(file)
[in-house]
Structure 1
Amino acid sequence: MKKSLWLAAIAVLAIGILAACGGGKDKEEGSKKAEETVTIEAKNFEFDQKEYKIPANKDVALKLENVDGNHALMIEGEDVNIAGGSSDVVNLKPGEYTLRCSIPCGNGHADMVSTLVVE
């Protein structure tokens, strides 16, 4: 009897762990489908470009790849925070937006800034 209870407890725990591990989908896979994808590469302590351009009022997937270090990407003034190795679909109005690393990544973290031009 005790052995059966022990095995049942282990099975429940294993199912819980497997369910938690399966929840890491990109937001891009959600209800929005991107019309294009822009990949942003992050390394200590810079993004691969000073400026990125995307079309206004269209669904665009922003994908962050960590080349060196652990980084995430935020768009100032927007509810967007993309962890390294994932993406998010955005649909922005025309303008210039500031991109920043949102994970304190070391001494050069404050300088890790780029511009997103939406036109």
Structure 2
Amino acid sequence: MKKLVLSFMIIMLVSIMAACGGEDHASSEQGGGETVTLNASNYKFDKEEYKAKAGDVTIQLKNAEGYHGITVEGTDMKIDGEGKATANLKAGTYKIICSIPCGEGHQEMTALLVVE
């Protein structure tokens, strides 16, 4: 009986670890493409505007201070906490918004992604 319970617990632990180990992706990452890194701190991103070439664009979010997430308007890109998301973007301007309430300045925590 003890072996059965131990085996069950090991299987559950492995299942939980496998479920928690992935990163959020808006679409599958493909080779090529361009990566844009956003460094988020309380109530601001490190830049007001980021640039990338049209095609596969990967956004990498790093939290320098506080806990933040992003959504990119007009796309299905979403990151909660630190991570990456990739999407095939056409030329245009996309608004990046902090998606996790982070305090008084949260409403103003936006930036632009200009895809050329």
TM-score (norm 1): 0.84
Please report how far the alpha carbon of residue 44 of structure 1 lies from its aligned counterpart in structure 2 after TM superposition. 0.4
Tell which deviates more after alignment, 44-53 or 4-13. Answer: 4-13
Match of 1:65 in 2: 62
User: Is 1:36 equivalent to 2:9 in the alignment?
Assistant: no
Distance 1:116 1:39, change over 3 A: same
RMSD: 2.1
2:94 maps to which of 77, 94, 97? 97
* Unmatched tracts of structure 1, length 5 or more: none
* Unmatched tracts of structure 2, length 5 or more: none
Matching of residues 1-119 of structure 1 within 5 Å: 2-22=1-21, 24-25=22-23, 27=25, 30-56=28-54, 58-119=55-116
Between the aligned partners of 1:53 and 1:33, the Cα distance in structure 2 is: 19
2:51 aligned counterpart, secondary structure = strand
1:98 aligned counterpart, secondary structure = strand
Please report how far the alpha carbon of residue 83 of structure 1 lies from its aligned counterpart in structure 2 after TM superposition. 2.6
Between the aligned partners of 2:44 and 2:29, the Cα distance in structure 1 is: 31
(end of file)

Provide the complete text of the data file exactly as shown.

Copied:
[in-house]
Structure 1
Amino acid sequence: MKKSLWLAAIAVLAIGILAACGGGKDKEEGSKKAEETVTIEAKNFEFDQKEYKIPANKDVALKLENVDGNHALMIEGEDVNIAGGSSDVVNLKPGEYTLRCSIPCGNGHADMVSTLVVE
């Protein structure tokens, strides 16, 4: 009897762990489908470009790849925070937006800034 209870407890725990591990989908896979994808590469302590351009009022997937270090990407003034190795679909109005690393990544973290031009 005790052995059966022990095995049942282990099975429940294993199912819980497997369910938690399966929840890491990109937001891009959600209800929005991107019309294009822009990949942003992050390394200590810079993004691969000073400026990125995307079309206004269209669904665009922003994908962050960590080349060196652990980084995430935020768009100032927007509810967007993309962890390294994932993406998010955005649909922005025309303008210039500031991109920043949102994970304190070391001494050069404050300088890790780029511009997103939406036109």
Structure 2
Amino acid sequence: MKKLVLSFMIIMLVSIMAACGGEDHASSEQGGGETVTLNASNYKFDKEEYKAKAGDVTIQLKNAEGYHGITVEGTDMKIDGEGKATANLKAGTYKIICSIPCGEGHQEMTALLVVE
């Protein structure tokens, strides 16, 4: 009986670890493409505007201070906490918004992604 319970617990632990180990992706990452890194701190991103070439664009979010997430308007890109998301973007301007309430300045925590 003890072996059965131990085996069950090991299987559950492995299942939980496998479920928690992935990163959020808006679409599958493909080779090529361009990566844009956003460094988020309380109530601001490190830049007001980021640039990338049209095609596969990967956004990498790093939290320098506080806990933040992003959504990119007009796309299905979403990151909660630190991570990456990739999407095939056409030329245009996309608004990046902090998606996790982070305090008084949260409403103003936006930036632009200009895809050329």
TM-score (norm 1): 0.84
Please report how far the alpha carbon of residue 44 of structure 1 lies from its aligned counterpart in structure 2 after TM superposition. 0.4
Tell which deviates more after alignment, 44-53 or 4-13. Answer: 4-13
Match of 1:65 in 2: 62
User: Is 1:36 equivalent to 2:9 in the alignment?
Assistant: no
Distance 1:116 1:39, change over 3 A: same
RMSD: 2.1
2:94 maps to which of 77, 94, 97? 97
* Unmatched tracts of structure 1, length 5 or more: none
* Unmatched tracts of structure 2, length 5 or more: none
Matching of residues 1-119 of structure 1 within 5 Å: 2-22=1-21, 24-25=22-23, 27=25, 30-56=28-54, 58-119=55-116
Between the aligned partners of 1:53 and 1:33, the Cα distance in structure 2 is: 19
2:51 aligned counterpart, secondary structure = strand
1:98 aligned counterpart, secondary structure = strand
Please report how far the alpha carbon of residue 83 of structure 1 lies from its aligned counterpart in structure 2 after TM superposition. 2.6
Between the aligned partners of 2:44 and 2:29, the Cα distance in structure 1 is: 31